Sometimes, I’ll tune into Extreme Makeover – Weight Loss Edition. If you’re not familiar with the premise of the show, a trainer works with an individual over the course of a year to transform the individual from seriously obese to a much slimmer version of themselves.
The last episode featured a woman who was struggling with losing weight. During the course of the episode, she made several comments that really made me a) feel sad for her, and b) wonder what type of expectations this show sets for people trying to lose weight in everyday life. Here are a few comments that were made (forgive me if I’m not getting them word for word here):
- “He’ll eat them, he loves them. I love them too I just can’t have them” (She was out at her husband with dinner when the waitress asked if she should take the chips and queso off the table)
- “Here’s our Christmas table, and there’s one of the things I can’t have, the bread.”
- “I can’t indulge in this kettle corn, probably for the rest of my life.”
There are a couple things I want to address here. First, notice the presence of “I can’t” in all three of these comments. Interestingly, I watched this episode shortly after I’d read some information on a new study that came out in the Journal of Consumer Research. This study shows that people who say “I can’t eat ____ (insert item)” are less likely to resist temptation compared to those who say “I don’t eat ___.” Why? Saying I can’t conjures up feelings of deprivation and the notion that you must sacrifice items you love. Yet saying “I don’t” gives you more power in the situation – you are making an active choice to not eat the item; you’ve moved from deprivation to determination. You’re an empowered decision maker.
Second, and perhaps the bigger issue, is the constant theme of deprivation that this woman seemed to be experiencing. I get that this is a show that aims to shock – if people lost weight at a healthy rate of a pound or two a week, they’d drop 50 to 75 pounds over the year and the “transformation” wouldn’t be quite as impressive. But the way that this woman was viewing her diet was that she couldn’t eat any of the foods she wanted to eat.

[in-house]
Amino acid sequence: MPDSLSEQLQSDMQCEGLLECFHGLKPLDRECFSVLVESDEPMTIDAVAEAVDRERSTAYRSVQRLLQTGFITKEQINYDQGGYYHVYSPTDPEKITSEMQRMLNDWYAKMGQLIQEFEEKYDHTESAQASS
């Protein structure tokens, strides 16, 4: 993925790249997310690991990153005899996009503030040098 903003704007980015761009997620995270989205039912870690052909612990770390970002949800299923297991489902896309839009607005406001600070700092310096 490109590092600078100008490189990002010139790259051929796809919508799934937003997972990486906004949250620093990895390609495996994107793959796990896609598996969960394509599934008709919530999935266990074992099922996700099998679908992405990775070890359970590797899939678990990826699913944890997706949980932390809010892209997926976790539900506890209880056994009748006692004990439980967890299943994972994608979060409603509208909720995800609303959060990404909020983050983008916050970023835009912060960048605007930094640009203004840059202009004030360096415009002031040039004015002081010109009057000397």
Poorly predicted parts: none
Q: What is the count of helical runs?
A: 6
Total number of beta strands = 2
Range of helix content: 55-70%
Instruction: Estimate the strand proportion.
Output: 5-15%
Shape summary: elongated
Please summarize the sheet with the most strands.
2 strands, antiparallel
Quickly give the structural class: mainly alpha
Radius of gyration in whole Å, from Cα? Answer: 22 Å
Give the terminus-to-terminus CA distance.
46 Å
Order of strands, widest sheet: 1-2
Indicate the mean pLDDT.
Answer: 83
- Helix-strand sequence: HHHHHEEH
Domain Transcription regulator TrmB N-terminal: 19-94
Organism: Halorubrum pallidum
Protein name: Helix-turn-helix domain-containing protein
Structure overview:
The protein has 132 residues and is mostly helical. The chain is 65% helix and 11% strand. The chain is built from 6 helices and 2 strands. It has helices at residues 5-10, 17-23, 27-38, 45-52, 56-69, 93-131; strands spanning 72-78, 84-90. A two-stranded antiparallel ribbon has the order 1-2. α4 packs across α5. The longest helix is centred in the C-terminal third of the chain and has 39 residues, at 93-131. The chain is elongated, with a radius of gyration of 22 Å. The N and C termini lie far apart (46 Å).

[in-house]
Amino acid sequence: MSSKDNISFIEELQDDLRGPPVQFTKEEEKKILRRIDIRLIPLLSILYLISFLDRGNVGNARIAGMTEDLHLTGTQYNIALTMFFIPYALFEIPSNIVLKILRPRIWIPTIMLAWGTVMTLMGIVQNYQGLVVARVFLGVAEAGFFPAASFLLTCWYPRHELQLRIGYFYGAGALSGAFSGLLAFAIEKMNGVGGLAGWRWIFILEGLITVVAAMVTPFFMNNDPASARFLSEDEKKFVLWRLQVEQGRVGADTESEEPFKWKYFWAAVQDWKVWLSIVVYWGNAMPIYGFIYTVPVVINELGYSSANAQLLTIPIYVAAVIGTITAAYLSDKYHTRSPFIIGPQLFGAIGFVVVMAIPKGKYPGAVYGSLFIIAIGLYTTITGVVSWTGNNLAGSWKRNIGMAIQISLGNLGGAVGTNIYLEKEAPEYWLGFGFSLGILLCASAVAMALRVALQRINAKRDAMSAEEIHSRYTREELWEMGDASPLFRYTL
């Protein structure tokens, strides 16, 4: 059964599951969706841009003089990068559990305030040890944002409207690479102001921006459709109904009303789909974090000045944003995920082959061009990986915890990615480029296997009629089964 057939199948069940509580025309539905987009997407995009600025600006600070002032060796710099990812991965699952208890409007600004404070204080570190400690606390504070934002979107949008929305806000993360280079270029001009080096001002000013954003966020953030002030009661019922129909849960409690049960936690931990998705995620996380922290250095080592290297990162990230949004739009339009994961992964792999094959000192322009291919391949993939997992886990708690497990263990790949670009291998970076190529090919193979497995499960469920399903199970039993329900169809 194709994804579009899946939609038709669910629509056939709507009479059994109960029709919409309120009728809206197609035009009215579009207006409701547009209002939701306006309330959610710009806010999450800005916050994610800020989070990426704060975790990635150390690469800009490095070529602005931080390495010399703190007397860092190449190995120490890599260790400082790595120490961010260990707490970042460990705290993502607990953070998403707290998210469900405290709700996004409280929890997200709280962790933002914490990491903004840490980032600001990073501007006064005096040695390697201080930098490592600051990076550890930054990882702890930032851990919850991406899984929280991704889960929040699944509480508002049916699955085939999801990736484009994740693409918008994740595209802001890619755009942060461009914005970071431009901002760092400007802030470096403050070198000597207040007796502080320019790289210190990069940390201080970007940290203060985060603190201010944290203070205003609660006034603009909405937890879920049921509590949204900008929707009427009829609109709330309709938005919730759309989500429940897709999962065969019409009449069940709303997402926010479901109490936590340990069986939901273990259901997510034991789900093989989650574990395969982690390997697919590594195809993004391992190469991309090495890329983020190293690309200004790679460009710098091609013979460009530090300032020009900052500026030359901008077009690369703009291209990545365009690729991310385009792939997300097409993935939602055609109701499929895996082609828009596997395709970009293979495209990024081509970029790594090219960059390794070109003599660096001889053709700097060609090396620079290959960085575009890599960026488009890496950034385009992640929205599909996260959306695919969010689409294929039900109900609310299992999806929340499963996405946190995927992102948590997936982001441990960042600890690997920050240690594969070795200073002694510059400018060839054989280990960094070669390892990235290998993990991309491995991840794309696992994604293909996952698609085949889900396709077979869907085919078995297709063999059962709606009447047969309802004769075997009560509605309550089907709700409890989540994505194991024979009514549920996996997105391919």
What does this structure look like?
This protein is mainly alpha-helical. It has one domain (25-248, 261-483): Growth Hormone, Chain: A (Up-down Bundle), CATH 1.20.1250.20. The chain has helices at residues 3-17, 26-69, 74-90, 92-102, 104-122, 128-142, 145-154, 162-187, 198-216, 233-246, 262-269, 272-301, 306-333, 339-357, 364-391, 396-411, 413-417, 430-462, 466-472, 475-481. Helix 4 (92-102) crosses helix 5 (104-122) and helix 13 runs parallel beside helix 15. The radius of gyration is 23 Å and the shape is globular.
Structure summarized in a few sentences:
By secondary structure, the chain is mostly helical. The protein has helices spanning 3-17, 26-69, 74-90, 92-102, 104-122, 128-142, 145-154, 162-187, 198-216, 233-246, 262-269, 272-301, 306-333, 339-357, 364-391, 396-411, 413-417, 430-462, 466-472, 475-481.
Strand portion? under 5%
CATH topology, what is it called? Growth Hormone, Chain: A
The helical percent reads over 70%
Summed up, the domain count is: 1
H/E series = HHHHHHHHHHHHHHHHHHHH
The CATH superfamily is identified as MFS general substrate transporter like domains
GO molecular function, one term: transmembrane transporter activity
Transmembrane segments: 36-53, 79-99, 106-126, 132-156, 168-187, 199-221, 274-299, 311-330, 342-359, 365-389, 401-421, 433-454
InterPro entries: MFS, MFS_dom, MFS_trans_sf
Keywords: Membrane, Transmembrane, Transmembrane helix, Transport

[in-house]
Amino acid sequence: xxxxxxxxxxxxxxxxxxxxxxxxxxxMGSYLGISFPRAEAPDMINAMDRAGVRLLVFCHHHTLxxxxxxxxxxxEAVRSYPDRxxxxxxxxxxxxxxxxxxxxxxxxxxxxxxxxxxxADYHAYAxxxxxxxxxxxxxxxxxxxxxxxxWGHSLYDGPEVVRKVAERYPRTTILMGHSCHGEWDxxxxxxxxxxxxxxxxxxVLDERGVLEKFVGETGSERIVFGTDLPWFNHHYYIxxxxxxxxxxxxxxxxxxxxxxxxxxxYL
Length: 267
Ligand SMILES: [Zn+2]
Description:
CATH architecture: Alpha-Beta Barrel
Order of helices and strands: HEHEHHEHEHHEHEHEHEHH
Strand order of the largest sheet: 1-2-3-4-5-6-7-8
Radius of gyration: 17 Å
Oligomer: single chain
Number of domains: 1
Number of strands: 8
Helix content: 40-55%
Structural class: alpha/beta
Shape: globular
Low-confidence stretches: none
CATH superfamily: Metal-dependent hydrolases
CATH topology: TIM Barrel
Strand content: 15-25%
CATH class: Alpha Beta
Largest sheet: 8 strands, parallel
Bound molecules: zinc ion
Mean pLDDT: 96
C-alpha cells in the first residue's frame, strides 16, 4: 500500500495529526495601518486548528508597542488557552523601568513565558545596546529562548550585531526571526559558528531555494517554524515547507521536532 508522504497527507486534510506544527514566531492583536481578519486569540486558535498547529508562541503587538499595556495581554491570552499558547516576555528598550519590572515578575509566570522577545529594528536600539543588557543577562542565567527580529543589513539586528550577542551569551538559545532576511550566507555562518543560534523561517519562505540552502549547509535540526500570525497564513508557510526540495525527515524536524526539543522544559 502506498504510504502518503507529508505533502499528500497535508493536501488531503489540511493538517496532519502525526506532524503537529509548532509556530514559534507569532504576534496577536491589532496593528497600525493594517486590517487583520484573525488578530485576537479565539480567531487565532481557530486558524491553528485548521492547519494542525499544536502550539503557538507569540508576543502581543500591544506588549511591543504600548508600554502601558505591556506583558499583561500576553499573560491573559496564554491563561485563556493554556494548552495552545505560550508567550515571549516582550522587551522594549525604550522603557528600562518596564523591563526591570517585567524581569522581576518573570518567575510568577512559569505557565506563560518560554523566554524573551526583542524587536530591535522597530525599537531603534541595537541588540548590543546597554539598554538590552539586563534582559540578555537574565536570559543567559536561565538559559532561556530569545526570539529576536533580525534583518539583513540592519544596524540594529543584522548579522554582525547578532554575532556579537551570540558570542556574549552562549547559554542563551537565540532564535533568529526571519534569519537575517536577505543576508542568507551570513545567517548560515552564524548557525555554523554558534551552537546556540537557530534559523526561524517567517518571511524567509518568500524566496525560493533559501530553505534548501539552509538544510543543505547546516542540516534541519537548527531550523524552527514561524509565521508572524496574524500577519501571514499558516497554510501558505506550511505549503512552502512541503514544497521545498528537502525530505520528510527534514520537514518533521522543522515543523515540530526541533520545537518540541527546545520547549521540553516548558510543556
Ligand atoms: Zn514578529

In order to make sustainable life changes, a healthy meal plan and exercise routine needs to be flexible and you must feel comfortable enough that you can sustain it over the long haul. If you feel like you can never again eat a brownie (or kettle corn, bread, and chips in this case), you’re probably not going to be very happy about sticking to the meal plan and will likely veer off track pretty quickly.
Anyway, the point I am trying to make is that creating a healthy lifestyle shouldn’t be filled with more misery and deprivation than happiness. Let’s shift the focus away from “you can’t eat this” to “look at all these wonderful things we’re going to add!” Empower yourself to make healthy decisions and work with someone who can coach you through setting reasonable goals. And remember that all foods can be included in a healthy diet – some definitely less than others, but you shouldn’t feel like you can never eat a food again.
What are your thoughts? Do you find shows like this to create unrealistic expectations? Or are they inspirational to you? Do you think their on-camera lifestyles are sustainable? Share with us in the comments!